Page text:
I think he’s confusing Paraguay with Uruguay which is the most “European” country in South America (90%), whereas Paraguay is 20% European.

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  • @AP
    Argentina is what America would have been like if the Italian mass migration wasn't stopped and the country became totally swamped by poor Italian peasants whose numbers prevented their assimilation and adoption of Anglo values. It's not an unpleasant place, with good food (Italian wine tradition plus Western beef-grilling) and Euro architecture, but much poorer and more corrupt than the USA, and with a history of fascist-lite demagogic politics.

    There are fewer Mestizos in Argentina than in the USA, though they are moving south from places like Paraguay and Bolivia.

    There are fewer Mestizos in Argentina than in the USA

    iirc many white Argentinians do have some Amerindian ancestry though, the 19th century immigration wave was disproportionately male, so many of them married partly indigenous women.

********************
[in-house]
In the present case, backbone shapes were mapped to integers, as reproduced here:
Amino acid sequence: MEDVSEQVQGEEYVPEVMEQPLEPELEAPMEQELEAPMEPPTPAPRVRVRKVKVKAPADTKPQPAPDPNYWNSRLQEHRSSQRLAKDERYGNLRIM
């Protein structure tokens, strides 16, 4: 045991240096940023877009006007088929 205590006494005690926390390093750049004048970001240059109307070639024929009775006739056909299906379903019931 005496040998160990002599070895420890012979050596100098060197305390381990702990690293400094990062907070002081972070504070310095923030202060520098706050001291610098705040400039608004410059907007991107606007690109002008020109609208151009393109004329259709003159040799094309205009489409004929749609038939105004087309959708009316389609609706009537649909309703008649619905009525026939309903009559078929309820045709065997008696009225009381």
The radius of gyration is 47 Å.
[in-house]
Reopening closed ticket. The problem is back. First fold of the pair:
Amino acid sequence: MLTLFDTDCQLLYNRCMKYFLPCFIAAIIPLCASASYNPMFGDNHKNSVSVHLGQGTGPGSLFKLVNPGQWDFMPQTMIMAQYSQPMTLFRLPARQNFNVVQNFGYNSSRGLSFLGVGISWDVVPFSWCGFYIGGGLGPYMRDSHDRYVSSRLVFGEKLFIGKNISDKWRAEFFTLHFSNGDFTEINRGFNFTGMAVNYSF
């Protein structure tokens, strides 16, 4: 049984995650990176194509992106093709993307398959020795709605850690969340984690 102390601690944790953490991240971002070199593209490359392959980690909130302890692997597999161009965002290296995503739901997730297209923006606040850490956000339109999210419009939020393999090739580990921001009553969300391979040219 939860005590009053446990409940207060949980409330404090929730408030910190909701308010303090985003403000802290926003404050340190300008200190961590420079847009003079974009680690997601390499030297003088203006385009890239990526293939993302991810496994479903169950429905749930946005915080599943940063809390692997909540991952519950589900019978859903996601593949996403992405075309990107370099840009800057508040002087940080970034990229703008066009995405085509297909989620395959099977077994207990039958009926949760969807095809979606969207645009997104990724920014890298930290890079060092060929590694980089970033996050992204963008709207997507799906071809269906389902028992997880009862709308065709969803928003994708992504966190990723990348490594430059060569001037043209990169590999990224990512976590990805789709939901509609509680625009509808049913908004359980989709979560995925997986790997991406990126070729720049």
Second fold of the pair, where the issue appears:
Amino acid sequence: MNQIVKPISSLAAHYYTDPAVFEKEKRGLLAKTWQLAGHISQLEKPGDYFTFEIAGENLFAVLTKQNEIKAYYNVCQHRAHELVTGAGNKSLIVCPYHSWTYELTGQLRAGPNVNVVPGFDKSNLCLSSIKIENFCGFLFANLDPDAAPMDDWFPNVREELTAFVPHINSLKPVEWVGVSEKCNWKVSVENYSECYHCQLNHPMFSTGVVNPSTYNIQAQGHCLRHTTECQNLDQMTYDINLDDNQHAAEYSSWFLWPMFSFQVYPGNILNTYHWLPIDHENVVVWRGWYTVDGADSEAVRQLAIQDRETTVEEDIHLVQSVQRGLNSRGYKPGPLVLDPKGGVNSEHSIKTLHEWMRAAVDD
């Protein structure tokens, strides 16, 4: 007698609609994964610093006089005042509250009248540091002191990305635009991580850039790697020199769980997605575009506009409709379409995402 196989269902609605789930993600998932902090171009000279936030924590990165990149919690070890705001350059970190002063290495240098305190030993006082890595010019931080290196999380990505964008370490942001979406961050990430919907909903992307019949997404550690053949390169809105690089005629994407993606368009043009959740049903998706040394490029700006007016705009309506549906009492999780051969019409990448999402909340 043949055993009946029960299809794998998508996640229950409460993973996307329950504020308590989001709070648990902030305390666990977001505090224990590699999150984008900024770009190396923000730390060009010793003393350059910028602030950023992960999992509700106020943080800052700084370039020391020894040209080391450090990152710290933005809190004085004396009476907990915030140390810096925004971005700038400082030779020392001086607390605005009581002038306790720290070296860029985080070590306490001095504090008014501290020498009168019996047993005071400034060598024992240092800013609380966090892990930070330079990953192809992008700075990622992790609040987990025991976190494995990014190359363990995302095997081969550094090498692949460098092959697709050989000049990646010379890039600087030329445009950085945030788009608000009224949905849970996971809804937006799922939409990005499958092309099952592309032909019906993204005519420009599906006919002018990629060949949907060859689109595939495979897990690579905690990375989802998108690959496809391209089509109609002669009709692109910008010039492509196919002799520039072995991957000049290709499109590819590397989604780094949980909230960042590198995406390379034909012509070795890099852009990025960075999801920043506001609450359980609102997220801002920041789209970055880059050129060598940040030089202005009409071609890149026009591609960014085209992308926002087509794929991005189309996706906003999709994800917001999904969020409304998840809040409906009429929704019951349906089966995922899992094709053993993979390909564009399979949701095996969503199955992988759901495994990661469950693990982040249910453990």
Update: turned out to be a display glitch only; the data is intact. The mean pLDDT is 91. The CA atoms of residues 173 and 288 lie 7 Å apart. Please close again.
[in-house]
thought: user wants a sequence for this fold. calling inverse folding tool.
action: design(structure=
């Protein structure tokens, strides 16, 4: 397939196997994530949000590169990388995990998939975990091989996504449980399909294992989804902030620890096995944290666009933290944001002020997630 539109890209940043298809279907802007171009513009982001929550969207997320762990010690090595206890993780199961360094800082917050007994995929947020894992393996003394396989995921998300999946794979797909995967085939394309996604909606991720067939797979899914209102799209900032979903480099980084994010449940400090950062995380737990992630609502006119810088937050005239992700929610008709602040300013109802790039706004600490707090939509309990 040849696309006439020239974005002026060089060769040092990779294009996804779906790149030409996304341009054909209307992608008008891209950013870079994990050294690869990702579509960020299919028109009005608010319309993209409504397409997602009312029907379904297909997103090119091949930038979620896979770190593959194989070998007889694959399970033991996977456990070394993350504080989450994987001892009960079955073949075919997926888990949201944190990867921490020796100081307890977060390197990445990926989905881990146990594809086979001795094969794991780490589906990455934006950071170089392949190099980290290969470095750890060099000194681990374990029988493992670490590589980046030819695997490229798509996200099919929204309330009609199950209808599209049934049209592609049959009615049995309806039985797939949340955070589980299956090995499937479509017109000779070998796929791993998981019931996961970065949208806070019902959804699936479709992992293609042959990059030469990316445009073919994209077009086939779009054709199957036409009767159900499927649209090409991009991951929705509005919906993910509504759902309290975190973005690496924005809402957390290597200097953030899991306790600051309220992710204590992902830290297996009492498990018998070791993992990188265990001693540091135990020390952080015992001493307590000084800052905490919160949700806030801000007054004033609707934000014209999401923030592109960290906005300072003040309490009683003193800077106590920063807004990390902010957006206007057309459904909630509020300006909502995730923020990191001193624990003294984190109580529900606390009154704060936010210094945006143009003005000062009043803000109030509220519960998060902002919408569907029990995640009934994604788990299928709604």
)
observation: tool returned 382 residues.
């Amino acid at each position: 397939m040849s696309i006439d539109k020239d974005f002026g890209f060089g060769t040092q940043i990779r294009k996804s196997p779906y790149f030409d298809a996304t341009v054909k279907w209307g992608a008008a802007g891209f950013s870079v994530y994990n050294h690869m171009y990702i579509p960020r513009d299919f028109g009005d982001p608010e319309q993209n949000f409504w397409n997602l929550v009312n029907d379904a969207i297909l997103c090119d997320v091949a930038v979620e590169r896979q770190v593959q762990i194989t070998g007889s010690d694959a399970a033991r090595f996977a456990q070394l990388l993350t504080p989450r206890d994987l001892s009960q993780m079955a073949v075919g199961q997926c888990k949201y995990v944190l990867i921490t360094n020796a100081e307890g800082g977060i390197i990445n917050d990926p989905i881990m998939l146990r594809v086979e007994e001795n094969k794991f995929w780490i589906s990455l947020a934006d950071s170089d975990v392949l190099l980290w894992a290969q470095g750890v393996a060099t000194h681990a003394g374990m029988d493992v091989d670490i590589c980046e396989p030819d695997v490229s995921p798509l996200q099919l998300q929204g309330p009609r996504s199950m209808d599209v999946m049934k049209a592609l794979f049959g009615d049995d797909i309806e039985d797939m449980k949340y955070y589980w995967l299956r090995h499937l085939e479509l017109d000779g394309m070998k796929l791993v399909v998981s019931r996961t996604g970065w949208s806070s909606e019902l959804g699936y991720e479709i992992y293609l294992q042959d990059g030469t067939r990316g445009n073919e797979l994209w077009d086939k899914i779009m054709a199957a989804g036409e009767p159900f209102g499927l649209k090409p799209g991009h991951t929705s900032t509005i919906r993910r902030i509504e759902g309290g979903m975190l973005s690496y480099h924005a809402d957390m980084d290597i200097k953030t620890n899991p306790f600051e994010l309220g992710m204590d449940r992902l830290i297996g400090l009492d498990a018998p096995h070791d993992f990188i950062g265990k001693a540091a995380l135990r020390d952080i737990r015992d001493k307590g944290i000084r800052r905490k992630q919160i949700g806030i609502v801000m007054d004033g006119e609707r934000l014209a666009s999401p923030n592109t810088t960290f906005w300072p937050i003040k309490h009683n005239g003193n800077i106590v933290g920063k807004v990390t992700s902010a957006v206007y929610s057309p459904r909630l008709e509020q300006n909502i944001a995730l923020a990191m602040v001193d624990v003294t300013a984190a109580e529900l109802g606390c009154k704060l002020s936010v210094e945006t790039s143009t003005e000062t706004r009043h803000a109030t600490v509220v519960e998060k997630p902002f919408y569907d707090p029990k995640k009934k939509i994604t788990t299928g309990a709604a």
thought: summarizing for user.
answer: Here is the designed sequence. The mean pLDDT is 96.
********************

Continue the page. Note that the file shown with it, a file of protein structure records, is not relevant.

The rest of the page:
They also had quite a few black slaves in Buenos Aires in the early 19th century, but supposedly they “disappeared” in some rather drastic and unpleasant way (iirc one claim is that the Argentinians sent them off to die as cannon fodder in some war).
    But yes, on the whole it’s probably not that bad a country. Their tinpot nationalism (las Malvinas son nuestras) is a bit silly though.

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  • This is trivial, won’t have any consequences, but: non-whites don’t belong in Europe. I don’t know how or whether it will be solved, but on the gut level, it is so.

    Blood & soil is what ultimately matters.

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  • AP says:
    @German_reader
    I don't think most people in Paraguay look white, it's clearly a Mestizo nation (even that dictator with the German name Stroessner they once had was half-Amerindian iirc).
    But I can see where you're coming from, compared to parts of Western Europe Latin America might eventually be much more pleasant. One can only hope they won't become infected by US-style SWJism and identity politics.